There is something fascinating about driftwood. It’s lighter than it should be, yet strong and durable. Weathered and aged, yet youthful and beautiful. It never fails to call my attention when it washes ashore. One small piece demanded picking up. It was a perfect miniature canoe, cigar-shaped and sized with a space hollowed near the center for a tiny mouse to paddle homeward. I set it in my hand where it perfectly balanced, as it would on a wave or on display on dry land.
I pocketed my treasure, well, I would have, if I’d had pockets. Instead, I tucked it into the waist band of my running shorts and promptly forgot about it. Until after I had sprinted up the mountainside in a rainforest downpour and the small canoe, drenched and darkened fell out upon the floor, undamaged, but for its folding.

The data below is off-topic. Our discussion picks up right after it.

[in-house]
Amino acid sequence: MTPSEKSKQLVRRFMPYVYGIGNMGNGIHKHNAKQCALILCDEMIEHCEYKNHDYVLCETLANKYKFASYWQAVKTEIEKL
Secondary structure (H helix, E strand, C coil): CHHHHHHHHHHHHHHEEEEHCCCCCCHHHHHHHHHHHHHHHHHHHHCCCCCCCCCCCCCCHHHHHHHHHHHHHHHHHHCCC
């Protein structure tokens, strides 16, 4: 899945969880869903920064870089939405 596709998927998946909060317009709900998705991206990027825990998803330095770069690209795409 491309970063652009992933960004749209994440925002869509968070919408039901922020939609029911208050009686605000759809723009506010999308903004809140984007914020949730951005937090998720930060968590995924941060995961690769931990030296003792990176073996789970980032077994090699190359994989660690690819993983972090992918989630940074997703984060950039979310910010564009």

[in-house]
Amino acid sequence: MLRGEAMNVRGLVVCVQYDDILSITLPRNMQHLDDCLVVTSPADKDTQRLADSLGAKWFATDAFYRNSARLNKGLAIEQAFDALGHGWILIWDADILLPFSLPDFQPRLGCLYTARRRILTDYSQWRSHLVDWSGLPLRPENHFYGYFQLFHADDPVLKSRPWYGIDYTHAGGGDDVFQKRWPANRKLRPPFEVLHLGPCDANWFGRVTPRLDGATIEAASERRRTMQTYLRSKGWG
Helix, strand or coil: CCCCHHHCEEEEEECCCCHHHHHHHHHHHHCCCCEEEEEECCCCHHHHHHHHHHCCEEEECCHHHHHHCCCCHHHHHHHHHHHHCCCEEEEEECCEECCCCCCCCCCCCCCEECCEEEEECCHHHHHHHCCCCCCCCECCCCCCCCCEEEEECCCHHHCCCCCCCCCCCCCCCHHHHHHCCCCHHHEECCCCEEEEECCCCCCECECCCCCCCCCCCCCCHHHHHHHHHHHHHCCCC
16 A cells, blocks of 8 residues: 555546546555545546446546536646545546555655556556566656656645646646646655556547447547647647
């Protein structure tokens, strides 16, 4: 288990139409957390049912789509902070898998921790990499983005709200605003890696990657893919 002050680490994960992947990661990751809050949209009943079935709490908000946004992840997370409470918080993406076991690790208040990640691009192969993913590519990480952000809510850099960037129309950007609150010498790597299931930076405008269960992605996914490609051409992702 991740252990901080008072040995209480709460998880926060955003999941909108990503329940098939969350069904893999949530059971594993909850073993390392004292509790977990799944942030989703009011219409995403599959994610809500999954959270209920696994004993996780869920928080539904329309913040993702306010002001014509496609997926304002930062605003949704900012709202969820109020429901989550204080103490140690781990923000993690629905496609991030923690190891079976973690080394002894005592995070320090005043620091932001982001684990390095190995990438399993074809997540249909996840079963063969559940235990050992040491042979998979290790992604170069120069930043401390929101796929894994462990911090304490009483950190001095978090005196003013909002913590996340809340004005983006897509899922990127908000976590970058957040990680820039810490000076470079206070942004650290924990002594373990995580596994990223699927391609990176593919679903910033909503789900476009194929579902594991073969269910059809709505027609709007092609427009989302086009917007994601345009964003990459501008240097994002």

Its folding. Softened by the rain and compressed for the journey, it was sorely misshapen. It still had the look of a canoe, but it listed badly and tipped when I tried to set it upright. It had been so perfect. Now, it was deformed. I felt responsible.
I know! I will soak the poor craft and re-shape it to its old form!
Sure enough. Water makes it supple and the hollow makes it pliable, but the hand that shapes, well that’s the rub. It needed molding and holding, but I was more bend and press. It requested patience and care, but I was more fold and prop. This treasure needed a loving hand to roll it and tamp it and stand by while it dried. My ingenuity and a friendly yellow straw were poor substitutes.
How grateful I am that the hand that is re-shaping me is not mine.